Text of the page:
Herniated disc
Disc herniations are common and can be treated with both surgical and non-surgical therapies. If experiencing symptoms of lower back pain that radiates down the buttocks and leg, or neck pain radiating down the arm, you may be suffering from a disc herniation. If symptoms include numbness or weakness in the arm or leg, consult your physician immediately. You do not have to live in pain.

What is a herniated disc?

A herniated disc is a common injury that occurs when the soft nucleus of an intervertebral disc pushes through the tough outer annulus. Often, disc herniations occur in the lower region of the back known as the lumbar spine. This rupture of a vertebral disc can be caused by the normal wear of aging or by traumatic injury. A herniated disc can push against a nerve root, sending pain down the sciatic nerve and resulting in a burning, tingling and/or numbing sensation from the lower back down to one or both feet. Fortunately, many surgical and nonsurgical treatments are effective at eliminating symptoms associated with a herniated disc. Dr. Bray and his clinical network offer a wide range of soft tissue, pain management and microsurgical options for the treatment of disc herniation.

Intervertebral discs are a major anatomical component of the spine. Functionally they are responsible for absorbing impact in the spine, preserving mobility, and maintaining the spacing between vertebrae (the bony structures in the spine). An intervertebral disc maintains its shape via the tough outer cartilaginous annulus. The inner region of the disc (nucleus) is far more fluid, giving the disc its shock absorbing capacity. It may help to envision an intervertebral disc as a thick rubber waterbed full of viscous fluid.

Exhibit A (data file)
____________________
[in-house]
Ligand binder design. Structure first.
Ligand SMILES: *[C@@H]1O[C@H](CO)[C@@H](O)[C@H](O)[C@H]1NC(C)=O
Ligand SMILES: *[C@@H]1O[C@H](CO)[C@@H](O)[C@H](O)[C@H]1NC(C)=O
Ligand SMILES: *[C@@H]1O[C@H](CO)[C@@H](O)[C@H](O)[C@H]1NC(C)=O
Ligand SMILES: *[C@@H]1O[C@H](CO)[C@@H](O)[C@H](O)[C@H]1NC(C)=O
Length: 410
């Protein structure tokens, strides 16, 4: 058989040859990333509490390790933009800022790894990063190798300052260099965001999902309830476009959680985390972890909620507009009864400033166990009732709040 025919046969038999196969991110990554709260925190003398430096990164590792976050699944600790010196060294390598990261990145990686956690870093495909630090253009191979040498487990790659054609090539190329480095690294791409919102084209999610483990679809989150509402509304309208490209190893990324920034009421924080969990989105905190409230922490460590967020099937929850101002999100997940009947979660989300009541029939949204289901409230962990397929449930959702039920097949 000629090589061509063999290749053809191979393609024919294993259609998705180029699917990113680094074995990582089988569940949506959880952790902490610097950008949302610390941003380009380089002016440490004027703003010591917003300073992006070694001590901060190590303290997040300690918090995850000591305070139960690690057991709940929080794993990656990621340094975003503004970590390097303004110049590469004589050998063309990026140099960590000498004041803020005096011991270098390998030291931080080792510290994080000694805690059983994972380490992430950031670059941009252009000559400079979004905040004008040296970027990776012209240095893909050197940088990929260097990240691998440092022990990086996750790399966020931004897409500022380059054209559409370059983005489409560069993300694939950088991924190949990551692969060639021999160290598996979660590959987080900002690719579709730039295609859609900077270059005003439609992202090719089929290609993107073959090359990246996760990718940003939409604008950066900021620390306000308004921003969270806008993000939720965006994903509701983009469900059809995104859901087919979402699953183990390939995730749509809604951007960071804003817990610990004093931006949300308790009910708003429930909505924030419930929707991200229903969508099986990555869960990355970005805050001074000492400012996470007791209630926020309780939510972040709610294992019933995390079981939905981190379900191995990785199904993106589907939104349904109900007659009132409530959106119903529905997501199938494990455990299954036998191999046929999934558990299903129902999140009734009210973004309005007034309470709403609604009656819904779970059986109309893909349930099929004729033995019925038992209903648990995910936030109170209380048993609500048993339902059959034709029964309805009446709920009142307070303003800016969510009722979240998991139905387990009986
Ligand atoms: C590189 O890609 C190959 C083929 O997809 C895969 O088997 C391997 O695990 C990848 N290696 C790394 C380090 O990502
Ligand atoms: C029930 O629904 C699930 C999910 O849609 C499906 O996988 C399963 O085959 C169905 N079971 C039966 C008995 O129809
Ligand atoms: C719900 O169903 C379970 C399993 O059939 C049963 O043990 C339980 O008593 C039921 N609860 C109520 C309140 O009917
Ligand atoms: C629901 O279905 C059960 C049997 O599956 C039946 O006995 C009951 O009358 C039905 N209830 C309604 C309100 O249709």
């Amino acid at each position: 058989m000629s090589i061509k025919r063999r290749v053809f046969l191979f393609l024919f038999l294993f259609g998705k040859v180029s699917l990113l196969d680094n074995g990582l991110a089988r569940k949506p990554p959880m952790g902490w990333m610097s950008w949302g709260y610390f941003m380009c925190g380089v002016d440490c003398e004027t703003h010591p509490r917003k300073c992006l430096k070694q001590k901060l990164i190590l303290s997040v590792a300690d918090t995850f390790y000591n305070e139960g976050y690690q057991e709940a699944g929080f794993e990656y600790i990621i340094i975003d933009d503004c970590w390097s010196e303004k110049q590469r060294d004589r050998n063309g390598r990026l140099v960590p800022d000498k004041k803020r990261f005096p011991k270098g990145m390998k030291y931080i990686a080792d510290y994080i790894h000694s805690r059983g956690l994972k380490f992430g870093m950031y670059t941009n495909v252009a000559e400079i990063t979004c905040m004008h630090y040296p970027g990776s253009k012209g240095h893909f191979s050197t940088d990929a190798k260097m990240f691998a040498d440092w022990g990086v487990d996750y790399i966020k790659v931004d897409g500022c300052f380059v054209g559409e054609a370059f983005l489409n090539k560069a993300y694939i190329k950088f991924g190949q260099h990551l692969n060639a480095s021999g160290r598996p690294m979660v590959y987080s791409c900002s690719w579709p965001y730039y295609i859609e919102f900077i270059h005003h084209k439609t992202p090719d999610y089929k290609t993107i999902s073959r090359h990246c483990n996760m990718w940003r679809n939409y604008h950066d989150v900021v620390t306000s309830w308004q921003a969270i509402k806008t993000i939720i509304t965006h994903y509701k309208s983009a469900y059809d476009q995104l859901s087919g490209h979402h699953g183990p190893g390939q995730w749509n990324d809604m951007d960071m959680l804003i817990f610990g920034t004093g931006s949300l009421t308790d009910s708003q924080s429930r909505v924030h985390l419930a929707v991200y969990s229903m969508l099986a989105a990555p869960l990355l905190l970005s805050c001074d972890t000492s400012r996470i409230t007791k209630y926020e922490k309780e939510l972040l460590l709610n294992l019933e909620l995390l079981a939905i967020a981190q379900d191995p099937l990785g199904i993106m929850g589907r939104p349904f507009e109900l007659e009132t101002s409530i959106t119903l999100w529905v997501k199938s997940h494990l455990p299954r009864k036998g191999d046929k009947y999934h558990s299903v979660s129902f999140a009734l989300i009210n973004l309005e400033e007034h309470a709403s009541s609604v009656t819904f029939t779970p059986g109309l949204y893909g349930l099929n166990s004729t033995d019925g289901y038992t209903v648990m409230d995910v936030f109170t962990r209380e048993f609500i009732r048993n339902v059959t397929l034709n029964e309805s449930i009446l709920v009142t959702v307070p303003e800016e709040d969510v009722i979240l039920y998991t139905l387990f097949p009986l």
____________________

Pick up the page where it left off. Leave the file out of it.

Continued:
Repeated trauma and the natural process of aging may cause the annulus to break down. If sufficiently worn, the nucleus will begin to push through the annular cartilage. The annulus is innervated by sensory nerve endings and therefore annular tears are often painful. Additionally, breakdown of the annulus results in local inflammation.

If the nucleus completely pushes through the annulus, it is said to herniate out of the normal disc space. The adjacent spinal cord and extending nerve roots may be compressed by herniated disc material. Spinal cord or nerve root compression often results in pain radiating down the arm, or leg, depending upon the location of the disc herniation. Many patients are familiar with the condition known as sciatica – pain in the lower back, buttocks, and back of the leg. This is often the result of a lumbar disc herniation compressing a nerve root. Treatment plans vary depending on the health of the patient and the state of the disc.

What causes disc herniations?

Intervertebral disc herniations are common, as the annulus dehydrates and loses strength naturally as one ages. Certain lifestyle choices, such as frequent sitting, occupations that require repetitive motions, improper weight lifting, and smoking may all increase the likelihood to suffer from a herniated disc.

What is the difference between a bulging disc and a herniated disc?